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American Dream Betrayed

Tribune Columnist Trusts Airlines To Do What's Right With Boeing Planes

Adapted from an actual note our very own Tom Chambers sent Thursday to Tribune columnist Steve Chapman after reading his "Trump's Unwise Decision To Ground The 737 Max 8 And Max 9."

Mr. Chapman,

Late on deadline and had to crank one out?

Your lack of information on the 737 Max situation is appalling.

The 737 Max is not a tweak of the old 737. It is almost virtually a new plane, hot-rodded off the old 737, with substantially new and different engine configurations and software that is supposed to control new aeronautics on an old chassis.

Boeing used its clout with the FAA and Trump to keep the plane designated a 737 so as not to put it under more testing and approval scrutiny.

The FAA is also allowing Boeing to certify its own airplanes in a classic fox-in-the-henhouse scenario. European nations depend on America's FAA to certify American planes, and then do some follow-up evaluation. Simply said, other countries, include emerging Third World nations, depend on the FAA as the source of their confidence in American planes.

There's nothing wrong with new software, but like the instruction manual for your new toaster, there were gaping holes in the plane's instruction and procedures manual, according to American pilots. Training has also been sorely lacking.

This is even assuming U.S. pilot training is the best in the world. What about a smaller airline in a small country with its head spinning over growth and demand for flights?

It is becoming clear that Boeing thought its software was so hotshot that the plane would fly itself, so pilots didn't need to be told anything. An aviation expert on WGN Thursday morning said the new software is supposed to gather information from MULTIPLE sensors on the plane, average it out and act accordingly. But the computer is using information from only one sensor to make its commands. The software is not dealing in the reality of the actual flight characteristics.

"Why should we trust Southwest, American and other airlines with these decisions?" you write. "Because they know a lot about aviation safety and about these planes."

Are you kidding? Southwest's terrible maintenance performance has been a dirty little secret in aviation for years.

Are you so naive so as not to even consider that airlines and airplane manufacturers, backed by the FAA they bought and paid for, are simply rolling the dice? Taking a calculated risk - X number of deaths per year being risk-worthy - that a plane won't go down in the U.S.? Indonesia and Ethiopia? Who cares? Well, there were Americans aboard both flights, one from Chicago. These are corporations that have run roughshod over local, regional and national entities in this country for decades. They have deep-rooted influences on society itself simply through the profit models of their hub-and-spoke systems, and human interaction in airports and flying sardine cans.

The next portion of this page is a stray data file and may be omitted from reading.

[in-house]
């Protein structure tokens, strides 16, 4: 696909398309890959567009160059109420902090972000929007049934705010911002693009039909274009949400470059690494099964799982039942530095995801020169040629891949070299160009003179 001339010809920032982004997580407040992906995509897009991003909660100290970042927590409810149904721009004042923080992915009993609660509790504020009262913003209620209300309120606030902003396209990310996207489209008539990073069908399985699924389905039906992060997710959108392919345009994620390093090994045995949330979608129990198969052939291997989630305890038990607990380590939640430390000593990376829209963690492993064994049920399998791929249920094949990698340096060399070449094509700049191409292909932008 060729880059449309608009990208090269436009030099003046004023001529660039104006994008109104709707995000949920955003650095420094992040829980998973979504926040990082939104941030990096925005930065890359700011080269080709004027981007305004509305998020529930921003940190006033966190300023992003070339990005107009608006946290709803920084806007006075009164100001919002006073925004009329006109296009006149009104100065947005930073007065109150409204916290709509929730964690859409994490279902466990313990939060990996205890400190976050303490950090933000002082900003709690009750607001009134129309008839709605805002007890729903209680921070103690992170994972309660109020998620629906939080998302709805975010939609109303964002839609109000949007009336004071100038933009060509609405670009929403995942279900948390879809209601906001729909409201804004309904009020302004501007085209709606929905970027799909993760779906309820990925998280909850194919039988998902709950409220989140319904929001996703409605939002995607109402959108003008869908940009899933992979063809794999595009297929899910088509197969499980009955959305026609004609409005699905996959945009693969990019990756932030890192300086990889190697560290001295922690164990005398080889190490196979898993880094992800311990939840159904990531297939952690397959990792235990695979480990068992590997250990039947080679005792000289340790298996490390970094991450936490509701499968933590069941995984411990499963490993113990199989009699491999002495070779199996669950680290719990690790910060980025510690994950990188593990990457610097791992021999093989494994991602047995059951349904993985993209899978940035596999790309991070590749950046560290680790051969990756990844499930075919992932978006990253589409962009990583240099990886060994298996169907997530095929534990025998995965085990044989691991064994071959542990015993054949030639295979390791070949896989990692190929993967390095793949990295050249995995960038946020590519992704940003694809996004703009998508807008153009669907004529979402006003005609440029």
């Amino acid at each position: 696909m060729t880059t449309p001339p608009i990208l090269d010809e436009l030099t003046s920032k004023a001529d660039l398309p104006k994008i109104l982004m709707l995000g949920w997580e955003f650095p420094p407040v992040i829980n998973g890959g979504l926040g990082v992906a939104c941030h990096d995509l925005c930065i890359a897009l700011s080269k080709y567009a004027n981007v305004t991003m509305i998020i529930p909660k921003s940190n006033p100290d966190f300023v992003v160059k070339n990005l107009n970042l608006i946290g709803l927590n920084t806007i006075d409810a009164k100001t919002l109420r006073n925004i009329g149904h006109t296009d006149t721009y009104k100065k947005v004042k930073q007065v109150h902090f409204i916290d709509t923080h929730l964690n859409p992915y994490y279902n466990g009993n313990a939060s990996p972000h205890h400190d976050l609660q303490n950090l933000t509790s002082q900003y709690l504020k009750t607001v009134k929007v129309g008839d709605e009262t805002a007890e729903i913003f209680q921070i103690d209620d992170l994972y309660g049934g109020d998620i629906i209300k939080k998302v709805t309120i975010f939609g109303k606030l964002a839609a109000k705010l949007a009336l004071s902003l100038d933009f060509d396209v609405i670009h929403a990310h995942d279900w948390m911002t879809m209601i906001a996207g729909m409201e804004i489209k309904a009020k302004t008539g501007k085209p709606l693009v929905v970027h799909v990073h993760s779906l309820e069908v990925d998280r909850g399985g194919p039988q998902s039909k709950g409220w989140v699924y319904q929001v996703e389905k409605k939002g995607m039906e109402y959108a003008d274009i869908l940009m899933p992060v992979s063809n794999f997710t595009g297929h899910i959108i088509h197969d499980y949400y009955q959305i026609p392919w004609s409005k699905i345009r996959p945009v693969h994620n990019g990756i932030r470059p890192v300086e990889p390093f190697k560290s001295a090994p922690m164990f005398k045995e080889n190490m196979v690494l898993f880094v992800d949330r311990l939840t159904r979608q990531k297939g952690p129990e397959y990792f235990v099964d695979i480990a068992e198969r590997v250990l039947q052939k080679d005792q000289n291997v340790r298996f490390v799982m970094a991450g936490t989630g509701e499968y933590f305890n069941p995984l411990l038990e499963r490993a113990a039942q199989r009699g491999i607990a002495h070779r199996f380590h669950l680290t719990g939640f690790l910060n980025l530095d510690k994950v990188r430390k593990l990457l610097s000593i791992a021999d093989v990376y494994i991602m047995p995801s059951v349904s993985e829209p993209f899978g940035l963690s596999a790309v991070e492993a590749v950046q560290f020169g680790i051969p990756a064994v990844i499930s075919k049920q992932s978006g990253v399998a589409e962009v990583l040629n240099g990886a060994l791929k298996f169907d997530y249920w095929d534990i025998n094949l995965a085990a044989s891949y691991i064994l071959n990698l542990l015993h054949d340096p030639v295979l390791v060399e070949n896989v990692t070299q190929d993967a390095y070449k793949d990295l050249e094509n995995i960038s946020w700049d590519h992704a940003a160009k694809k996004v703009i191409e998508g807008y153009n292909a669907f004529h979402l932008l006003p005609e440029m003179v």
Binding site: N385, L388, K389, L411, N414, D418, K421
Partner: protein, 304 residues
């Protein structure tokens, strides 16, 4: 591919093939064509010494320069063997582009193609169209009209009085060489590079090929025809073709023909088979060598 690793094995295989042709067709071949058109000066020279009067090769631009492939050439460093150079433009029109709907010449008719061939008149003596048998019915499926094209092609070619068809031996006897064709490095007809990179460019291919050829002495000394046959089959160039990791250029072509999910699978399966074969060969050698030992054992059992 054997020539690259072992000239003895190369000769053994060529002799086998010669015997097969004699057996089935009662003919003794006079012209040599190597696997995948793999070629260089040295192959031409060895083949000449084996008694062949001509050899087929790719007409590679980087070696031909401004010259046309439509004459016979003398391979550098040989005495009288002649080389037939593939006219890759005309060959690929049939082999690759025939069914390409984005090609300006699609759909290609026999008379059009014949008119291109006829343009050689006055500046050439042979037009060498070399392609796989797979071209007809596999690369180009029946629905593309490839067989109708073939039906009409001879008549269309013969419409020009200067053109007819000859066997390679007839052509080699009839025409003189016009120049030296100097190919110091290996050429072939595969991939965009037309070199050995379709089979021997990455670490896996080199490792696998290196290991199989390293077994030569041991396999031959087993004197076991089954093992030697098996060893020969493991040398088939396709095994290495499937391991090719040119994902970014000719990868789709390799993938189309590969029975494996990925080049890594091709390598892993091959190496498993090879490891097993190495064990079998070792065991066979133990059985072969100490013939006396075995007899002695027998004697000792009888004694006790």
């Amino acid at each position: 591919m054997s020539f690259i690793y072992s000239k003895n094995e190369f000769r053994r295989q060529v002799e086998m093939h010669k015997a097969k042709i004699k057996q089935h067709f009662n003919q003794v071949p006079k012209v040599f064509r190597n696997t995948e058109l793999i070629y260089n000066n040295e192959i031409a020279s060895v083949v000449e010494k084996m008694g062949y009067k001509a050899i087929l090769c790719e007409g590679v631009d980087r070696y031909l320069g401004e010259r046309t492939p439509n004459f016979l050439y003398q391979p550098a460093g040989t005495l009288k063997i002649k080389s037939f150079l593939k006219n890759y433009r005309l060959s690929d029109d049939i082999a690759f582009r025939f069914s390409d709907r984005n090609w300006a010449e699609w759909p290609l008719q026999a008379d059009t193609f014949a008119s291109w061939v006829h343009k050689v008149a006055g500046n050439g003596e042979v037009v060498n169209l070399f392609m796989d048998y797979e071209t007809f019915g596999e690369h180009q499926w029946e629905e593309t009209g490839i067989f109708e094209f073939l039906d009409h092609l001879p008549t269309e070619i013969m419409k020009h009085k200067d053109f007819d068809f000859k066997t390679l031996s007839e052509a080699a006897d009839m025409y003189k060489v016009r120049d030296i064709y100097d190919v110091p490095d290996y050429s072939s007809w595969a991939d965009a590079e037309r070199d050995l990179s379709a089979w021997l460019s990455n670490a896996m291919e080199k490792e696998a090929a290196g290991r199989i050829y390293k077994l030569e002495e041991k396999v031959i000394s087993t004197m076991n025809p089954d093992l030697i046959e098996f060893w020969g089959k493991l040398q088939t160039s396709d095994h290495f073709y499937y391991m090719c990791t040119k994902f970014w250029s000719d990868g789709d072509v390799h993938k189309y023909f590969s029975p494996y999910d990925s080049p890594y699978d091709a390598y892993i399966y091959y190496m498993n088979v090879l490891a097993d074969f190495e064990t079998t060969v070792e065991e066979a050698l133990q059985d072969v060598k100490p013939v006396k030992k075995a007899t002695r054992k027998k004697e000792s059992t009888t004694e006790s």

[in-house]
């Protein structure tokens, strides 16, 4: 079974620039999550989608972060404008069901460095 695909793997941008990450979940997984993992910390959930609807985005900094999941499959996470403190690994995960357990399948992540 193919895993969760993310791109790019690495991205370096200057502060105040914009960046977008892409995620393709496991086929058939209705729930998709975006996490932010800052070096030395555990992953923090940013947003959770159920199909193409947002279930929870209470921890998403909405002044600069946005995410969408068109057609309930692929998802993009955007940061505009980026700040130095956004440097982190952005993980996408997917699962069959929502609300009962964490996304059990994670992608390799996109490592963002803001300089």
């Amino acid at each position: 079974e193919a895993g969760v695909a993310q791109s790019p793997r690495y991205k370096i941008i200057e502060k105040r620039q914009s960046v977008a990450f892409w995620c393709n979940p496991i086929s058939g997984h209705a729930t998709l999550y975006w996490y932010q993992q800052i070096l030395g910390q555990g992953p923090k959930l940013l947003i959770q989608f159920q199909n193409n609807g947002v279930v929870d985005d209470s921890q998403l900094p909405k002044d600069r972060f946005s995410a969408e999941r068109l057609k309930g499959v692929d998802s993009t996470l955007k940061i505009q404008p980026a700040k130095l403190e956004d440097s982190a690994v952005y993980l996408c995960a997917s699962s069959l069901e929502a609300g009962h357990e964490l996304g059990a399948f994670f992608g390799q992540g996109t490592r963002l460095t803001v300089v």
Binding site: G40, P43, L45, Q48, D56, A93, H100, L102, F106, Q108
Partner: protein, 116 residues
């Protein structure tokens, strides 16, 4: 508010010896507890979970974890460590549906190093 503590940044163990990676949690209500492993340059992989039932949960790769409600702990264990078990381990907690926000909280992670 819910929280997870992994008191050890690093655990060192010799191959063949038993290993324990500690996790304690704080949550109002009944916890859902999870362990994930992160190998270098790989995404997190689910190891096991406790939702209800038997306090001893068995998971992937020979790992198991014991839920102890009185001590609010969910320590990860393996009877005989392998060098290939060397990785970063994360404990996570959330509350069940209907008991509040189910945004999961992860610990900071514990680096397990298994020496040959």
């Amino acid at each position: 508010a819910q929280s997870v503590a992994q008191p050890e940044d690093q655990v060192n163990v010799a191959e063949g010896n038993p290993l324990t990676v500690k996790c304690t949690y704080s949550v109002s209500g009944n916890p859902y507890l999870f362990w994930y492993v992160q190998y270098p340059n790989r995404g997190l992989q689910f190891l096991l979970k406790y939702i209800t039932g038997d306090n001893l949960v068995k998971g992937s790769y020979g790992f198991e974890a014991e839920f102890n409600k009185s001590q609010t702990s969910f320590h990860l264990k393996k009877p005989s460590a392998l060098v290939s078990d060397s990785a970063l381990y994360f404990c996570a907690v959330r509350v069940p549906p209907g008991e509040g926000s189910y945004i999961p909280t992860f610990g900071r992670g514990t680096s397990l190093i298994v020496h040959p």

Of course, U.S. airlines are not going to ground the planes, even "having found no basis in their own experience and data to stop." But scientific data has been available, the same data Canada used days ago to ground the planes. Concerns with the planes were voiced immediately after the Lion Air crash.

If the White House made the decision to ground the 737 Max planes, good for them, once a year. But the FAA, with alarming data we know they damn well had, should have grounded the planes. I wouldn't be surprised if Trump ordered his cronies at the FAA to hold off until he made his dog-and-pony announcement. But the planes are on the ground.

If you are on some kind of mission to protect corporations like Boeing and United simply because they have a few handfuls of executives working here, much as Crain's does, knock it off. Boeing contributes nothing to this city, and we're paying them to be here!

Simply following the story for the past days and with a half-hour of simple searching, I found what you would have needed to comment responsibly on this topic. Obviously, you couldn't be bothered.

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See also, from AP this morning: FAA's Close Ties To Boeing Questioned After 2 Deadly Crashes.

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Comments welcome.



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